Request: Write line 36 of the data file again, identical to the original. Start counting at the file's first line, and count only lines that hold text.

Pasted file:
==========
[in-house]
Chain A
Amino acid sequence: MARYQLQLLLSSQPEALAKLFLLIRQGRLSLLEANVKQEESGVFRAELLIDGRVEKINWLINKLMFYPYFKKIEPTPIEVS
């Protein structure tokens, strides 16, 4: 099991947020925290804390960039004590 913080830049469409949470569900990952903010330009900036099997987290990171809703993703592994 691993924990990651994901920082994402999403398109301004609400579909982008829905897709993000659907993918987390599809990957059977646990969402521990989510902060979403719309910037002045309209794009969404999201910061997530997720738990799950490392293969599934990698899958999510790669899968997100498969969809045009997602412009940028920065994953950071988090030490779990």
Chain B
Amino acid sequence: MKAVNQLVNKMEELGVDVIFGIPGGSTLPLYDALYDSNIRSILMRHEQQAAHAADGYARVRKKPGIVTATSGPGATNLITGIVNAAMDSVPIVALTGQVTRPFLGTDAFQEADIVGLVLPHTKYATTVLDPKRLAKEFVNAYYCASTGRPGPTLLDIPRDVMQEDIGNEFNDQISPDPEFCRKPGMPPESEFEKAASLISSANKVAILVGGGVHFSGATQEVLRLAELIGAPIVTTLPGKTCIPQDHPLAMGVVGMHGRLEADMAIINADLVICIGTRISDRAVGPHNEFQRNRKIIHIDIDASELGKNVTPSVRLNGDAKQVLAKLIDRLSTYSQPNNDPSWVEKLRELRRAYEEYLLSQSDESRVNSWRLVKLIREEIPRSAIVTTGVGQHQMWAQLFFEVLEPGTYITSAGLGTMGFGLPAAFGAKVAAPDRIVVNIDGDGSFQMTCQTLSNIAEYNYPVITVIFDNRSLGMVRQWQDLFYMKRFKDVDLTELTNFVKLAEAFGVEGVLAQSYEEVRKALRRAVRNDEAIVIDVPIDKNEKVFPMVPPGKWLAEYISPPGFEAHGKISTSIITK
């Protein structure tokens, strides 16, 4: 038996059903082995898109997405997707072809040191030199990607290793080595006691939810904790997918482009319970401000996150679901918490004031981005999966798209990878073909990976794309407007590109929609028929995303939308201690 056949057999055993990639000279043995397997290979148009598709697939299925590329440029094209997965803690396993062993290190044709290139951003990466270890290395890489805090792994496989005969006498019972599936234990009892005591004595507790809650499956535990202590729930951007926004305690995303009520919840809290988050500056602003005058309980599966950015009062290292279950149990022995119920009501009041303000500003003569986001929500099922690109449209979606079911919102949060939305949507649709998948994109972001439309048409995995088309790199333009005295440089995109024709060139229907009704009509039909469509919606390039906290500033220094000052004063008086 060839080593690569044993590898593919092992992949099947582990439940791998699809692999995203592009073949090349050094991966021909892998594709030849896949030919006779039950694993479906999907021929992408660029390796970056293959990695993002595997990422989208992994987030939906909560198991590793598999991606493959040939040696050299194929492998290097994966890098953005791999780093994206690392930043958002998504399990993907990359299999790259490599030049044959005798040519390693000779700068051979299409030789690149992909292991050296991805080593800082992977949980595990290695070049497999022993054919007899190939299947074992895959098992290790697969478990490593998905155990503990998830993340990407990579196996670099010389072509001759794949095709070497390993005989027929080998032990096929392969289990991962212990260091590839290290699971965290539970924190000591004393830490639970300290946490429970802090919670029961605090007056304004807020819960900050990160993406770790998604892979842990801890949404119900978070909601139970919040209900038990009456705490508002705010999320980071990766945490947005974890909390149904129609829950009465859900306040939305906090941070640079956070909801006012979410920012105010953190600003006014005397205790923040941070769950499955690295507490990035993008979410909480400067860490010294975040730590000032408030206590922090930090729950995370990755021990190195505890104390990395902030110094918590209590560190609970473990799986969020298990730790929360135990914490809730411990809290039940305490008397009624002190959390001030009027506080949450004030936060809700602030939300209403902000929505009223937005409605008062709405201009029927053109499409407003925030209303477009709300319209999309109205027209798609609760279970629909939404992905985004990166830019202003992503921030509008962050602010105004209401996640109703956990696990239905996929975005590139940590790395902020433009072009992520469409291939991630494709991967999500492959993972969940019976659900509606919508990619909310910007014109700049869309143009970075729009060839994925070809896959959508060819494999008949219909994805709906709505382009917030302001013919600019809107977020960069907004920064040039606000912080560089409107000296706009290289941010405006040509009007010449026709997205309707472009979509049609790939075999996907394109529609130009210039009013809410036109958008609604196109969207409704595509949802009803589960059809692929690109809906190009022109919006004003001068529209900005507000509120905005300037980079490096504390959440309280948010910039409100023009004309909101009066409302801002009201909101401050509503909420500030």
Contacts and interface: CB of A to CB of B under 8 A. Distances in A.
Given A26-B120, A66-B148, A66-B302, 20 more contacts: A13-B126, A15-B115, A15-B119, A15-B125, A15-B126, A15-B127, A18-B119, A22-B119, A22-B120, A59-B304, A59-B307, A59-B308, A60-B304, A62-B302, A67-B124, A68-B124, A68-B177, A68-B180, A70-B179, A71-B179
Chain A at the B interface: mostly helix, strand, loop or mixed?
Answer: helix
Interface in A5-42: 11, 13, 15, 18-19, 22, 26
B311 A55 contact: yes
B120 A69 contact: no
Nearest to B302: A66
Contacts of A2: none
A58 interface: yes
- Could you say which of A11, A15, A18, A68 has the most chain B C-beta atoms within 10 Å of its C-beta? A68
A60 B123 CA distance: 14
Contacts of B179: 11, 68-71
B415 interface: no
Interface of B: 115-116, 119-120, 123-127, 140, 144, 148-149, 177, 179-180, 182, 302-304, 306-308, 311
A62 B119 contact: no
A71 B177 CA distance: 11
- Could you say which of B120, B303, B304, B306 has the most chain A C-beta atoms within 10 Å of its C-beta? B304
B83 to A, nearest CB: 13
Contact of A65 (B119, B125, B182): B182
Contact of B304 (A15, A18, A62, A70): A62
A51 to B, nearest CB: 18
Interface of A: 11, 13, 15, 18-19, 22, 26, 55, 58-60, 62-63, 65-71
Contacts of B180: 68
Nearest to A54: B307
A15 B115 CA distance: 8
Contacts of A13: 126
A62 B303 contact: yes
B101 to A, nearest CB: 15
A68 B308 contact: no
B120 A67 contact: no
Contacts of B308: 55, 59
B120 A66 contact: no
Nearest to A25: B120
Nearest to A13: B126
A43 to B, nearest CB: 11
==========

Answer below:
B101 to A, nearest CB: 15